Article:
CE Hamish Riach: Second bridge case officially lodged
Council has this week officially lodged its detailed business case for a second Ashburton River bridge with Waka Kotahi.
That act marks a significant point in the timeline of the project, and the case for funding from Waka Kotahi/NZ Transport Agency will go before its board in November.
Between now and then, the agency’s staff will be scrutinising our case and many supporting documents, and providing advice and analysis for when it is up for discussion – likely against many other important transport projects around the country.
We know how crucial this bridge is to improving connectivity not just between Ashburton and Tinwald, but for the whole of the South Island. When traffic is unable to cross the current SH1 bridge, because of a major flood, a small crash or just long weekend traffic, we see gridlock and delays.
Waka Kotahi’s response to the business case will determine the next steps for Council. The business case suggests a subsidy of 62% is justified, although Council has indicated a higher subsidy rate should be applicable because the new bridge will take pressure off the current State Highway bridge and improve the connectivity of the whole South Island.
The total cost of the new bridge is estimated at $113m in today’s terms - Council has $7.5m in its 2021-31 Long Term Plan for a second bridge.
Council has contemplated the likely scenario that between Waka Kotahi and Council’s own LTP provision, there will still be a shortfall in funding that will need to be solved. Council’s contribution can only change at the next Long Term Plan (2024-34) or through an Annual Plan in between – these plans must involve consultation, so Ashburton District ratepayers and community can be confident that they will be able to have a say about any change to Council’s contribution.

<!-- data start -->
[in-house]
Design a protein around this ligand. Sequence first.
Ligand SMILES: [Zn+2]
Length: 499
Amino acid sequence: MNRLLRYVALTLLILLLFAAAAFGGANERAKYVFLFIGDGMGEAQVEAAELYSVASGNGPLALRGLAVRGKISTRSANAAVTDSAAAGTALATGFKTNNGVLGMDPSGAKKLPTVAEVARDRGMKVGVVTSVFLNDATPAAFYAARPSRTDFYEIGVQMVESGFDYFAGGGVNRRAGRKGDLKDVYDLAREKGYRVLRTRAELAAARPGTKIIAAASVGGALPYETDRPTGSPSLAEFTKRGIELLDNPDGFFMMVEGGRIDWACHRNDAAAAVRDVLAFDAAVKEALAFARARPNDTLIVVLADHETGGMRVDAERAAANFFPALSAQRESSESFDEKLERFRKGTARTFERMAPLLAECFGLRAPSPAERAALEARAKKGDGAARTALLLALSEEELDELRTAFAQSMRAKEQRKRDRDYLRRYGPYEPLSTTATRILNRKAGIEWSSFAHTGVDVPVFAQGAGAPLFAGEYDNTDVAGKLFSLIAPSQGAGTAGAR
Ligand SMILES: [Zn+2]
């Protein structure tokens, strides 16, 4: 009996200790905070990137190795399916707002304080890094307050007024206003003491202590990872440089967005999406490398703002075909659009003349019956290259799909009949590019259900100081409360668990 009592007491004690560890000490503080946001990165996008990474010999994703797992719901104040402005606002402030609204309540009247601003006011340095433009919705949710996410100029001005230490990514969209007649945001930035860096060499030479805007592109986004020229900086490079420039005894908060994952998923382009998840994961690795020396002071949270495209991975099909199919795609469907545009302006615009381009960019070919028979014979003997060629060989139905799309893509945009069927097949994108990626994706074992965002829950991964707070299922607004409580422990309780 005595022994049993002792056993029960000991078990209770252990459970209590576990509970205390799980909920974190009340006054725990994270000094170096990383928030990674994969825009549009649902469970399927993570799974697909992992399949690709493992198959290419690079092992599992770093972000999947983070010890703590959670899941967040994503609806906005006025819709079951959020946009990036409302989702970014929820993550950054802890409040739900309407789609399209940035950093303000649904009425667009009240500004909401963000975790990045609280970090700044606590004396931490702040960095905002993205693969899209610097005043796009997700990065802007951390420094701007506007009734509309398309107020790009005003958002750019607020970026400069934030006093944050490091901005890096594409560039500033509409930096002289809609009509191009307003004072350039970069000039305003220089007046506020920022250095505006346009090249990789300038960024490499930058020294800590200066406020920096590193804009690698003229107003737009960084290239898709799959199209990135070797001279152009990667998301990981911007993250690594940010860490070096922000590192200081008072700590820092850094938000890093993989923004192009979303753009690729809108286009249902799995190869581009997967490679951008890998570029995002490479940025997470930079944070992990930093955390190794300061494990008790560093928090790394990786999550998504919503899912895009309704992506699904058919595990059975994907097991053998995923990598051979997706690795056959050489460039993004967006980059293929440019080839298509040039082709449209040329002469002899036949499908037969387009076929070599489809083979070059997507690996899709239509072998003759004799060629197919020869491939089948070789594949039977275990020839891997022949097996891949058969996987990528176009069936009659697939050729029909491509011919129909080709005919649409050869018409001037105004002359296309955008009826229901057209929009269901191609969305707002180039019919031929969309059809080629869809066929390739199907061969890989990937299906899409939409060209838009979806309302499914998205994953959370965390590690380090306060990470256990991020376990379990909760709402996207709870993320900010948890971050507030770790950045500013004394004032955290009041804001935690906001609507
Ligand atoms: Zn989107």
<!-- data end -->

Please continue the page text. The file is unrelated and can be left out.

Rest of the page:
The cost of the project includes a bridge over the river from Chalmers Avenue to Tinwald, and a new road to Grahams Road; roundabouts are planned at South Street, Wilkins Road and Grahams Road.
We anticipate it will look something like the bridge that was built over the Ashley River (Cones Road) at Rangiora and which opened to traffic in 2015.
The detailed business case provides evidence that our need for a second bridge is a resilience issue greater than anywhere else in the region – when the State Highway 1 bridge was closed because of damage caused by the May 2021 floods, our only connection to Tinwald was severed, along with the main road freight route from Christchurch to Dunedin.
As major weather events are anticipated to become more common, there will be an increased probability of bridge closures and, like other ageing bridges, increased potential for bridge failure.
We are not alone battling the long-term effects of wild weather on infrastructure and our thoughts are with all those flooded around New Zealand in recent storms, particularly in Nelson and Marlborough.
While local authorities there and the communities they represent face a long road to recovery, it serves as a reminder to all communities of how important it is to be as prepared as possible for such an event, from civil defence to climate-proofing important roading networks.
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